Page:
Over the last few weeks, Stephen, Keith and I (with some help from others like Jack Townsend who is the lead author on the criminal penalties chapter) are all writing up the next update for IRS Practice and Procedure, and are sorting through and writing about 125 developments from March through early July for addition to the book.
A few of the developments are major ones we did not address in Procedurally Taxing. One is the Wells Fargo case from earlier this spring. You may recall Wells Fargo v US where Stu Bassin in a post on PT discussed the government’s loss in its efforts to use the economic substance doctrine to disallow interest expense deductions for a transaction that lacked a non tax business purpose. The case also has an interesting and important penalty component involving the government’s assertion of a negligence penalty in connection with Wells Fargo’s claiming of disallowed foreign tax credits.
The issue was teed up for the district court in a somewhat odd manner, with Wells Fargo stipulating that if the foreign credit generating transaction was a sham, it should not be subject to the penalty because “there was an objectively reasonable basis for Wells Fargo’s return position under the authorities referenced in § 1.6662–3(b)(3).”
The court held that the foreign credit generating transaction was a sham. Wells Fargo agreed to the stipulation to limit discovery, but the effect of the stipulation prevented it from arguing that it exercised ordinary and reasonable care in the preparation of its tax return. In other words, Wells Fargo felt that the authority for the position was sufficient to shield it from penalties without regard to any independent effort it made to assess the merits of the transaction prior to taking its position on its tax return. Wells Fargo did so because the regulations insulate from negligence a return position that has a reasonable basis; i.e., the position is reasonable based on one or more authorities (as further defined in the regulations).
In the opinion considering the penalties, the district framed the issue as follows:
Is it enough for Wells Fargo to show that its return position had a reasonable basis under the authorities referenced in § 1.6662–3(b)(3)? Or must Wells Fargo prove that it actually consulted those authorities in preparing its tax return?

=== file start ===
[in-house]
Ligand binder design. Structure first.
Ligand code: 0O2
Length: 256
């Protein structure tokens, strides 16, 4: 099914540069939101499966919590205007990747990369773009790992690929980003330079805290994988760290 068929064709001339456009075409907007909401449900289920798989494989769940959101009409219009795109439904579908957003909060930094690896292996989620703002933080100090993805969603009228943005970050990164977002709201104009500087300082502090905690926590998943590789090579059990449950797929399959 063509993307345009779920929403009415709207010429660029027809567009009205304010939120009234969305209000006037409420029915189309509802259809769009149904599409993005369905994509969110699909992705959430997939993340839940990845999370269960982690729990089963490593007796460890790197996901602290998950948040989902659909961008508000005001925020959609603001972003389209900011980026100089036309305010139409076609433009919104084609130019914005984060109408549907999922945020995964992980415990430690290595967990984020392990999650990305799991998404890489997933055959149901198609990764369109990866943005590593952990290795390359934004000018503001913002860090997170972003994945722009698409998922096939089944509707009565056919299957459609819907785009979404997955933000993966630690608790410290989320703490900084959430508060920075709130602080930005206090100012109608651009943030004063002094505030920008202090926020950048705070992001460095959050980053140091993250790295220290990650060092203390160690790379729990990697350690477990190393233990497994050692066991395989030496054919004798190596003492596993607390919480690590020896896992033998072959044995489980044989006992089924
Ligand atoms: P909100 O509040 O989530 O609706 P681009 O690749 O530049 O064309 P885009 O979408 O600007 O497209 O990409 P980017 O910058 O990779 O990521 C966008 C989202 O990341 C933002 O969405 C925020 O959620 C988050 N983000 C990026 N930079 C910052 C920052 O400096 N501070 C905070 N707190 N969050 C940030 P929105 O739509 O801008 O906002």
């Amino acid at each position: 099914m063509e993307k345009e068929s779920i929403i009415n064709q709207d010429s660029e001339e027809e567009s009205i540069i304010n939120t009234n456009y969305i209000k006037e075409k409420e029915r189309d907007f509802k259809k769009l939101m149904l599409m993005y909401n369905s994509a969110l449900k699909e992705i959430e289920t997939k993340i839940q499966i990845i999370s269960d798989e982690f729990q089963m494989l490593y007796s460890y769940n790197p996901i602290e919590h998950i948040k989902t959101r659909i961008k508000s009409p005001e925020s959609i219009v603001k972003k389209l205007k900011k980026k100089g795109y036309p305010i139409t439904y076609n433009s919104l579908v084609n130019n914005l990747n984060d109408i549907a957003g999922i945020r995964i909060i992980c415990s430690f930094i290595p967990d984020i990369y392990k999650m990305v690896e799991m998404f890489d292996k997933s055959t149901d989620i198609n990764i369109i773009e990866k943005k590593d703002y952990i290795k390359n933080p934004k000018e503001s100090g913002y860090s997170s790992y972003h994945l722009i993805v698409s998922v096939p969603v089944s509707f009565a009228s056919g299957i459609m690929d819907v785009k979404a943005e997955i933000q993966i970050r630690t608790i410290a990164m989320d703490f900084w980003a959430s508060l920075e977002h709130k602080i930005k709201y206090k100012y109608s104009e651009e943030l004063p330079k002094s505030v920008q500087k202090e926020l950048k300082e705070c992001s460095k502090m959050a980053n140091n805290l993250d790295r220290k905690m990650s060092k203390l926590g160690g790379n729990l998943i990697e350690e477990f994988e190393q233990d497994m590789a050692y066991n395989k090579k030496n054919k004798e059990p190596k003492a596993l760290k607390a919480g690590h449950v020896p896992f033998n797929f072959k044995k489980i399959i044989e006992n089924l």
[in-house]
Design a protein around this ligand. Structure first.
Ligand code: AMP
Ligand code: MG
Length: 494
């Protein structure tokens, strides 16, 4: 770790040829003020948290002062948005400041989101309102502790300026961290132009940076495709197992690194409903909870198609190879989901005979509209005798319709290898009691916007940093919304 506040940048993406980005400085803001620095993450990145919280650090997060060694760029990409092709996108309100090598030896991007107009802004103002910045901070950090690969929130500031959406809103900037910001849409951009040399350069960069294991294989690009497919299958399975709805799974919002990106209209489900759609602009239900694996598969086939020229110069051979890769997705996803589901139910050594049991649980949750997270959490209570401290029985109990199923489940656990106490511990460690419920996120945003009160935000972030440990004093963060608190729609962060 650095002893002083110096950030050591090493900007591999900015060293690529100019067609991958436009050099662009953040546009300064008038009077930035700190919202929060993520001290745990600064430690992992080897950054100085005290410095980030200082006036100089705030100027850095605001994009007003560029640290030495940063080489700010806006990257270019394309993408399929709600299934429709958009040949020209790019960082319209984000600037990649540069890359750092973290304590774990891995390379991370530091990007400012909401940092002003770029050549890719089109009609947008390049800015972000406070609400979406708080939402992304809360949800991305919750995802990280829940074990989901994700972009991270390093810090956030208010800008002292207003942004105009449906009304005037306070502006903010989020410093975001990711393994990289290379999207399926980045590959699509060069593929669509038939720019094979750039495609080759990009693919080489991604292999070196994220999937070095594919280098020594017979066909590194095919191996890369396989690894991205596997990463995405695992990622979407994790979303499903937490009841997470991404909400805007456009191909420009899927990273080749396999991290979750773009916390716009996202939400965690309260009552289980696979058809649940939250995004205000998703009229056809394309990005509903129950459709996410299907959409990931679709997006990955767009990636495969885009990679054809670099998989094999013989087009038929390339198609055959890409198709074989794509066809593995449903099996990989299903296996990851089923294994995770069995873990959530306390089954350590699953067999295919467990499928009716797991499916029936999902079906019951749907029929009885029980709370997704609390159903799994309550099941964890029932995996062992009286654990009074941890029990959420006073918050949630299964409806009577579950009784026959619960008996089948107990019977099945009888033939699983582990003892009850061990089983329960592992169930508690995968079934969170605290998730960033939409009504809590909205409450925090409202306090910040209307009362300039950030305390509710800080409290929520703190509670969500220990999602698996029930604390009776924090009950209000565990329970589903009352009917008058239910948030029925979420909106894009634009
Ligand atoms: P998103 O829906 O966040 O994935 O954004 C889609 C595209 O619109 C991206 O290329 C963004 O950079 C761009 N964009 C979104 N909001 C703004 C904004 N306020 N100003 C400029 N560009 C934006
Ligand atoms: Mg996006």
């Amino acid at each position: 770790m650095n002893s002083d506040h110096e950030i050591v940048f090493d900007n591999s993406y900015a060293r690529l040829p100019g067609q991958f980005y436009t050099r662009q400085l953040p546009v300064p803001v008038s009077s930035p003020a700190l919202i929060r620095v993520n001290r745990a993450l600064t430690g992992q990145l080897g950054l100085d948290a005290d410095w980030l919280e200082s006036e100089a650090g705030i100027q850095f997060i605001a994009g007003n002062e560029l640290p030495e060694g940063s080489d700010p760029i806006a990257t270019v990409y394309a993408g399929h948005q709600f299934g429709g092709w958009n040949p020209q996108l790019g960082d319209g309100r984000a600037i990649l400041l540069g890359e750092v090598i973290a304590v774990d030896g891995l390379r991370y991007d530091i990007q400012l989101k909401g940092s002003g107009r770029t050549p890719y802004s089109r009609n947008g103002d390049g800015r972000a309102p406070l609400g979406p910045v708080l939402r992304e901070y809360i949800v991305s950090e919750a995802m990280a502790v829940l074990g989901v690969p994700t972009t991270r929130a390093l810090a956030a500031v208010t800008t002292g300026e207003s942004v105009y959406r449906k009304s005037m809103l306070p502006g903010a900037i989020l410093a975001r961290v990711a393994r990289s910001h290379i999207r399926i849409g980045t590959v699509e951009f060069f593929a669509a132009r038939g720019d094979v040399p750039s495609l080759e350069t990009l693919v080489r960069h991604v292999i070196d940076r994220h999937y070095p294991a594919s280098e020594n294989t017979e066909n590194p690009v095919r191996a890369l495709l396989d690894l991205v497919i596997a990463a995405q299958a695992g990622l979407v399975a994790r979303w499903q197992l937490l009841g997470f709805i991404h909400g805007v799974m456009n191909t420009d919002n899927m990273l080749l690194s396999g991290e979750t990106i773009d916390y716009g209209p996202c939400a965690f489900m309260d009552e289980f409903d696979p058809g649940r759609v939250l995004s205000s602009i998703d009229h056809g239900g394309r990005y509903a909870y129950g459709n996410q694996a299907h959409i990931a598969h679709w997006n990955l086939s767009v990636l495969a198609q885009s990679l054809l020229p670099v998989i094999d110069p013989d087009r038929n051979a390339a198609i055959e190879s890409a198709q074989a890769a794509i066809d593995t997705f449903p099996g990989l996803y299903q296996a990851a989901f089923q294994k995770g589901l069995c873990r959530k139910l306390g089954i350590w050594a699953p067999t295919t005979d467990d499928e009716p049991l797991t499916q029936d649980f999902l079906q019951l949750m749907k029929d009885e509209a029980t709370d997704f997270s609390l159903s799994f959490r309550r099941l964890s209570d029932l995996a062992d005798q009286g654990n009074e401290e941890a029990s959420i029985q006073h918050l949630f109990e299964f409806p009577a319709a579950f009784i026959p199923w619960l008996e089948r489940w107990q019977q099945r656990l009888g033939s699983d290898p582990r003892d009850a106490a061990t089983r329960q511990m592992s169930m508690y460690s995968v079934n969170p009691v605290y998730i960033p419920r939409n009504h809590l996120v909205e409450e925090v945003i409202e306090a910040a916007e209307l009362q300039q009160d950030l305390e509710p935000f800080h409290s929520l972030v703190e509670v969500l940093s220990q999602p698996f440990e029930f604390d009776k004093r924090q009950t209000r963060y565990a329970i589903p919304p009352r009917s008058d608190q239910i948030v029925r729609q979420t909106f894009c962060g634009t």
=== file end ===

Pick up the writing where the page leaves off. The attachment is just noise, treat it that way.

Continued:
The district court held that Wells Fargo was subject to the penalty because it had to prove that it in fact consulted with the authorities before adopting its position on the return. This was the view the government urged under the regulations; the taxpayer argued that the statute and regulatory focus is on an objective analysis, with the taxpayer’s efforts beside the point.
The Court found the regulations to be ambiguous, specifically that Treasury Regulation §1.6662-3(b)(3) states a reasonable basis is satisfied if “a return position is reasonably based on one or more” authorities. That was important, because under administrative law principles (so-called Auer deference) an agency is entitled to deference regarding an interpretation of an ambiguous question relating to the meaning of its own regulations.
At or around the time of the opinion, Jim Malone of Post & Schell wrote a terrific blog post critiquing the district court opinion, suggesting that perhaps Wells Fargo deserved to be penalized but that the court’s approach to the issue was “troubling”. There was also a piece in Bloomberg that quoted Jim and former PT guest poster Andy Grewal, with Andy saying that “it would be more sensible to apply Section 1.6662-3(b)(1) in accordance with its plain meaning and examining all relevant authorities supporting the treatment of a position, whether or not the taxpayer was aware of them.”
The Wells Fargo outcome is a departure from the norm in these cases because it has generally been thought that reasonable basis is an objective inquiry; i.e., if the position is more or less plausible based on an authority, then the taxpayer is free from the penalty. As Jim discusses, there are some cases along the lines suggesting that if a taxpayer had some separate reason to do a bit of digging then more than just objective analysis is warranted, yet the Wells Fargo opinion suggests a differing starting point than what many believed to be the case under the regulations.
I am not sure that other courts will follow this approach but it is something that advisers should be aware of when considering the effect of a stipulation as well as what may be necessary to put in the record if one is looking to rely on this defense to penalties.